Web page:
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All longhorn beetles (or more archaically, longicorns) belong to the Cerambycidae family. They are characterized by extremely long antennae, which are often as long as or longer than the beetle’s body. The family is large, with over 20,000 species described, slightly more than half from the Eastern Hemisphere. Several are regarded as serious pests, with the larvae boring into wood, where they can cause extensive damage to either living trees or untreated lumber (or, occasionally, to wood in buildings, being a particular problem indoors). A number of species mimic ants, bees, and wasps, though a majority of species are cryptically colored. Despite a vast literature on host relationships of cerambycid larvae and geographic ranges of species, there is scant information on the behavior of adults of many species because they are cryptic and nocturnal. Compsocerus violaceus occurs throughout Uruguay and is popularly known as “Guitarrero” (Guitar player) due to the chirping sound that it produces by rubbing one of its legs against the upper hind edge of the forewing, which has a thick scraper.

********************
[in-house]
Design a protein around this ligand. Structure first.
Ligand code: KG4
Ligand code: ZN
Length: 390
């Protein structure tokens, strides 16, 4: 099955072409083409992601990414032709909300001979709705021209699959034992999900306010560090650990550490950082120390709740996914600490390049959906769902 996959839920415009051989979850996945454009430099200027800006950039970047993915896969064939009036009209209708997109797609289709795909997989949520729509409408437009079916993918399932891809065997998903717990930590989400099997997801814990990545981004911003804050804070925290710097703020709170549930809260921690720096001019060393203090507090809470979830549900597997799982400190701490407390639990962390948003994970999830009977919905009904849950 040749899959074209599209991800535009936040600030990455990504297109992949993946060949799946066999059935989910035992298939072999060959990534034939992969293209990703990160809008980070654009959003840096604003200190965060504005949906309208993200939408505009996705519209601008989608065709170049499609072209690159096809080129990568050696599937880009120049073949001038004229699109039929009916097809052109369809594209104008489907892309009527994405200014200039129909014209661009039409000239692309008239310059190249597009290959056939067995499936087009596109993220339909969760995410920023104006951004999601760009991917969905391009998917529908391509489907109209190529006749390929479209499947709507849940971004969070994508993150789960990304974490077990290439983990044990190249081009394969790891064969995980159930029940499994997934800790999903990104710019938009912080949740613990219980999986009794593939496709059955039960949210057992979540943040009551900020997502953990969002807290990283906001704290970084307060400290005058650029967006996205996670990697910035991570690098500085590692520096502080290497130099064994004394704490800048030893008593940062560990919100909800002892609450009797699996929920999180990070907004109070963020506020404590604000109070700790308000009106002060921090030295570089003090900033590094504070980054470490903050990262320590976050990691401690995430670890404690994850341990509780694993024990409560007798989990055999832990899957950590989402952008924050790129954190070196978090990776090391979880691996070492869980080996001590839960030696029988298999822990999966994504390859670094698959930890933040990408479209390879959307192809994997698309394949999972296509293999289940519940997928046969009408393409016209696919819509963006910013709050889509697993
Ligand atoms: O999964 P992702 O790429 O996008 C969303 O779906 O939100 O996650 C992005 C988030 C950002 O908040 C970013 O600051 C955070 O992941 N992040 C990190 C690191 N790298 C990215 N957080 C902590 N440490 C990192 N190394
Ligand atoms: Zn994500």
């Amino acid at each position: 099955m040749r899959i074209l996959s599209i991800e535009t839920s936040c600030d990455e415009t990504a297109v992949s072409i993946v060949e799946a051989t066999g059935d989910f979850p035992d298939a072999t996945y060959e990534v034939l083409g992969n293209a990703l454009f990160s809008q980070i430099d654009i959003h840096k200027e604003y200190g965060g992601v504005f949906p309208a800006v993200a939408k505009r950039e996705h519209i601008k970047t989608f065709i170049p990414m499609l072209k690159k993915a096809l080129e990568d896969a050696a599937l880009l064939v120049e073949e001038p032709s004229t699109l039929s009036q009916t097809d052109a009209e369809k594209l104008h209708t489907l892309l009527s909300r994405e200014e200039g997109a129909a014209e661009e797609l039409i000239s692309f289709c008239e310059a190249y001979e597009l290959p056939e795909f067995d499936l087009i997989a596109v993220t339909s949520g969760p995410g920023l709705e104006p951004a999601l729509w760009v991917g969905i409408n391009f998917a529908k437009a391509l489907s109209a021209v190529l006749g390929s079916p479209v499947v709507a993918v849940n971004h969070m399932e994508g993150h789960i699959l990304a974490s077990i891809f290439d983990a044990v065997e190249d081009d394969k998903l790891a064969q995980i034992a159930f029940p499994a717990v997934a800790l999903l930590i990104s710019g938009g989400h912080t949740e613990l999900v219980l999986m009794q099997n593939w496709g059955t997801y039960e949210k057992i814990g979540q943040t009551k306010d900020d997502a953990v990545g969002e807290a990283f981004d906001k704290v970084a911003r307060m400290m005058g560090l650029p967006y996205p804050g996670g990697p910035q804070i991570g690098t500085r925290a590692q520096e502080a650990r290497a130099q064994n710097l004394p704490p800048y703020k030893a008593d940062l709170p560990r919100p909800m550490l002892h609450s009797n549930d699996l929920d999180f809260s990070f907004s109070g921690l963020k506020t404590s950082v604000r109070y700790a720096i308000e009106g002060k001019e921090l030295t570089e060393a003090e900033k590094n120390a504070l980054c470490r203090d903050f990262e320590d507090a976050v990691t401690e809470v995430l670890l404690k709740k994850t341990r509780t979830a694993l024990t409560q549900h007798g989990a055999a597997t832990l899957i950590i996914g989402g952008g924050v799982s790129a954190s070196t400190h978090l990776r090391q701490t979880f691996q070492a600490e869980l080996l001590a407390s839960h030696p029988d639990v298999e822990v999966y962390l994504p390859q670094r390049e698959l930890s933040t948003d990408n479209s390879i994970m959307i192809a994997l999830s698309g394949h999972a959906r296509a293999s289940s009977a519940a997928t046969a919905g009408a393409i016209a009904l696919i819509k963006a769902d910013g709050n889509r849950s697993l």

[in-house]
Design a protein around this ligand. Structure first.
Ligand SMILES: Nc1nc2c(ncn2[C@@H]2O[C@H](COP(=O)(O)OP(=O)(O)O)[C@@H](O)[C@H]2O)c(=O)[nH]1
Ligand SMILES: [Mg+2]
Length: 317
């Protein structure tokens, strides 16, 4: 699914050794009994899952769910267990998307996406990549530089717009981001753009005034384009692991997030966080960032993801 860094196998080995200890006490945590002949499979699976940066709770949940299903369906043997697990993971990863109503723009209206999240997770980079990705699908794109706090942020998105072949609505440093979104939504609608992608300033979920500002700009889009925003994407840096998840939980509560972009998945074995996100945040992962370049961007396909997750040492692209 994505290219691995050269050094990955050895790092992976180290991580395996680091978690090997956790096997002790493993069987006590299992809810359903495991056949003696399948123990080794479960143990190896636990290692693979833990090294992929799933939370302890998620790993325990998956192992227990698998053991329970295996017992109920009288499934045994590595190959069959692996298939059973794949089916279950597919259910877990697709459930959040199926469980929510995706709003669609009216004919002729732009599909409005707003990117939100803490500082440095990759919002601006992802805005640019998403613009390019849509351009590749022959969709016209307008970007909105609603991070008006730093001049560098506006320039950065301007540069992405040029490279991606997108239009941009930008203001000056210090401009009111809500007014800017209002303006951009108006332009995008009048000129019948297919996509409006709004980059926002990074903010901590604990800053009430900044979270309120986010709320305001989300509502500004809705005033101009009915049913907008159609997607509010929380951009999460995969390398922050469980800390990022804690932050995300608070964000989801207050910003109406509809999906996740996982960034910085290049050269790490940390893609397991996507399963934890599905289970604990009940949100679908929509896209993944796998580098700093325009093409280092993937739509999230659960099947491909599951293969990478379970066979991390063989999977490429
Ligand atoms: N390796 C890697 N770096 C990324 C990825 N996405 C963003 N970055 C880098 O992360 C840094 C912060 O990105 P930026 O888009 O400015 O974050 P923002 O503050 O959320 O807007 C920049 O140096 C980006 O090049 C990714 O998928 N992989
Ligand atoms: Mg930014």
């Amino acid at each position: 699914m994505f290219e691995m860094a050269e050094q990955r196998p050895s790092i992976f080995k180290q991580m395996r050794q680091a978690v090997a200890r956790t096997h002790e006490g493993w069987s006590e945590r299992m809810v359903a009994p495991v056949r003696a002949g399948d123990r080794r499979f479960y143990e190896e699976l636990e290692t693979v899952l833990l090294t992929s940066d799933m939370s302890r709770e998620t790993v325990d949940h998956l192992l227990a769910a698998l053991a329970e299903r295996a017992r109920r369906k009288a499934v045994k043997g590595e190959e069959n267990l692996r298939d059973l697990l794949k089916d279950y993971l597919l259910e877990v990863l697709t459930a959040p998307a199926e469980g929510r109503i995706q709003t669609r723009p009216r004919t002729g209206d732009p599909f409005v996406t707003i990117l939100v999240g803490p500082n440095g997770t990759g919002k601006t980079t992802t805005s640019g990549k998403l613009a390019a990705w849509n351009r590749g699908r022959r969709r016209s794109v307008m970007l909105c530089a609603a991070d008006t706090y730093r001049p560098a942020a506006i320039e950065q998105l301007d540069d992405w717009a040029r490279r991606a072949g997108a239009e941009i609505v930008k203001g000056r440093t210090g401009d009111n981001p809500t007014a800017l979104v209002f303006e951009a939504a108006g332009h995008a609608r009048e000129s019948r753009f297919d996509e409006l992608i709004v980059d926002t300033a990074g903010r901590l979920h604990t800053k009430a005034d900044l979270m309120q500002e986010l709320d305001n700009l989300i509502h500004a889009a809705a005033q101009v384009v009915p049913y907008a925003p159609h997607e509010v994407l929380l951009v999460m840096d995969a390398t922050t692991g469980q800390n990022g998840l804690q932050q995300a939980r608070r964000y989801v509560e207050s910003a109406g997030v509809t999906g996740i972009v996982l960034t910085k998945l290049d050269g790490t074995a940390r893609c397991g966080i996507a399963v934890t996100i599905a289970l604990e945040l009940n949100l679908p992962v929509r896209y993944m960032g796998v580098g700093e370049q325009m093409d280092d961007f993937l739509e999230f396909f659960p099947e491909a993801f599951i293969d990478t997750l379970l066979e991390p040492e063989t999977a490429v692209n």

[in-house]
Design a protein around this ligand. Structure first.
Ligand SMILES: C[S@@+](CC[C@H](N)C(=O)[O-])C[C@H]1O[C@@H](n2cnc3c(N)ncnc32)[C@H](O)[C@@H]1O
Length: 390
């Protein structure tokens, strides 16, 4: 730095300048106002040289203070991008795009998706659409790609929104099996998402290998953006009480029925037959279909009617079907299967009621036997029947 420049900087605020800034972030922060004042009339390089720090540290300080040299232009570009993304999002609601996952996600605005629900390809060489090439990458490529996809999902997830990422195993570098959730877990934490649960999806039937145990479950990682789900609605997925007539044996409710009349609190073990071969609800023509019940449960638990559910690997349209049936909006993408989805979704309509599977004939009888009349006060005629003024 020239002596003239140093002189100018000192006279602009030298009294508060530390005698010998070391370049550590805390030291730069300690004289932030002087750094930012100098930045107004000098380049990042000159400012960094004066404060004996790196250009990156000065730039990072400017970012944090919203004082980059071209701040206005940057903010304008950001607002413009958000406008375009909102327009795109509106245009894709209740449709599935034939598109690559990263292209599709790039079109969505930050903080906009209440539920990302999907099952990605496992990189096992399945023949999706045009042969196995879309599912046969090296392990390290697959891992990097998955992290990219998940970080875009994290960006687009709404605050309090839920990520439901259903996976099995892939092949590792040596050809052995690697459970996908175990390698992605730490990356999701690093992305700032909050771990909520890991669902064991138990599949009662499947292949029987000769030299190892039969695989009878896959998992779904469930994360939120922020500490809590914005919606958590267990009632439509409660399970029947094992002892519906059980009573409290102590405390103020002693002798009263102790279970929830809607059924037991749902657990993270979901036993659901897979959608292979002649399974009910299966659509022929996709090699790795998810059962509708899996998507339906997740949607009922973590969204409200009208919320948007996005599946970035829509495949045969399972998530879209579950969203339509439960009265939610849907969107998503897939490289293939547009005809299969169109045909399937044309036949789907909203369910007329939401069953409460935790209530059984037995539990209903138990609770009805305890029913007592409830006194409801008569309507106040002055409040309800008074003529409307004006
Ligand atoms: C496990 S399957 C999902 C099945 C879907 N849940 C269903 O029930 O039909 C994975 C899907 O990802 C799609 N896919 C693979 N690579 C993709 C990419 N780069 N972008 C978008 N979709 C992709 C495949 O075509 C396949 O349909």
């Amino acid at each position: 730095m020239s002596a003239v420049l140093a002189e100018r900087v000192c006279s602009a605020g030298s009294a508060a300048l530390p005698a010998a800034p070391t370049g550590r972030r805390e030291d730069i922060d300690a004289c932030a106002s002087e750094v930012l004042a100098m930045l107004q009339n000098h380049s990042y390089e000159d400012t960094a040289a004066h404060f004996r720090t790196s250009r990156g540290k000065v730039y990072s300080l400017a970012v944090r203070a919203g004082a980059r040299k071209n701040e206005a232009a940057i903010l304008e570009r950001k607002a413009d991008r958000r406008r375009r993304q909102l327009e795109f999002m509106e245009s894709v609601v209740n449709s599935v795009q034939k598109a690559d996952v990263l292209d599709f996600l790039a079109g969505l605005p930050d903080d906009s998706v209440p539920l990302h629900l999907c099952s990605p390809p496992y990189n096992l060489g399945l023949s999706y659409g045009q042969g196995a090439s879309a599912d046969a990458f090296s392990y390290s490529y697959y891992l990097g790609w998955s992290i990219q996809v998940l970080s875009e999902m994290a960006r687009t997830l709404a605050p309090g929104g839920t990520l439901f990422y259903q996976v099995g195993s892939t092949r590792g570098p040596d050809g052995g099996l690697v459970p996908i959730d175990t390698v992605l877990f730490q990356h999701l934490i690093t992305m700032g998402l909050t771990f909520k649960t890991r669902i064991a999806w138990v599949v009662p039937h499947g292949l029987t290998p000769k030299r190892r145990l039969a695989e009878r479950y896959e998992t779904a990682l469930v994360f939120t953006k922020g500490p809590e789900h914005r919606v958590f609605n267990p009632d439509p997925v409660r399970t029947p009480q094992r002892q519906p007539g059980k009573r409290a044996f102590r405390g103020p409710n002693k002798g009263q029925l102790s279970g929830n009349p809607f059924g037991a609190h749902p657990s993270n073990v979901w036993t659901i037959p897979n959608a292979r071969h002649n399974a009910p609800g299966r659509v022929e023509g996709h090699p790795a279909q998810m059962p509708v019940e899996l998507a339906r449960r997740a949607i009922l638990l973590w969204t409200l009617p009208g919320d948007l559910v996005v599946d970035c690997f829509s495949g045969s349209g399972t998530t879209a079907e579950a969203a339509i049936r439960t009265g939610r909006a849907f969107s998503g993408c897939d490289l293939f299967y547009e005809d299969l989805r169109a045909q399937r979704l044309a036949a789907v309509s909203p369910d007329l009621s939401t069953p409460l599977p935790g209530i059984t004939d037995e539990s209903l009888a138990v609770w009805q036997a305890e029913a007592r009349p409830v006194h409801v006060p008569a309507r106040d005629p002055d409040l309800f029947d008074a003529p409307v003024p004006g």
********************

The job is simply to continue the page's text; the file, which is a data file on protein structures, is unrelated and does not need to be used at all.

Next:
Todos los escarabajos de antenas largas (anteriormente denominados longicornios) pertenecen a la familia Cerambycidae. Se los caracteriza por antenas extremadamente desarrolladas, las cuales pueden ser iguales o más grandes que sus cuerpos. Dicha familia es extensa y abarca alrededor de 20,000 especies de las que se han descrito un poco más de la mitad y que pertenecen al hemisferio oriental. Algunas son consideradas pestes, dado que las larvas se albergan en el interior de la madera y pueden crear un daño extenso tanto a árboles como a maderas sin tratamiento (u ocasionalmente a muebles y vigas en edificios). Un número de especies imitan a las hormigas, avejas y avispas, aunque la mayoría utilizan colores miméticos. Pese a la vasta literatura en cuanto a las larvas de Cerambícidos, sus hábitats y zonas de dispersión, existe escasa información respecto al comportamiento adulto de muchas especies dado que suelen ocultarse o son nocturnos. Compsocerus violaceus aparece por todo Uruguay y es popularmente conocido como “Guitarrero”; debido al chirrido que produce al frotar una de sus patas contra el borde del ala delantera superior, la cual contiene una espesa rasqueta.

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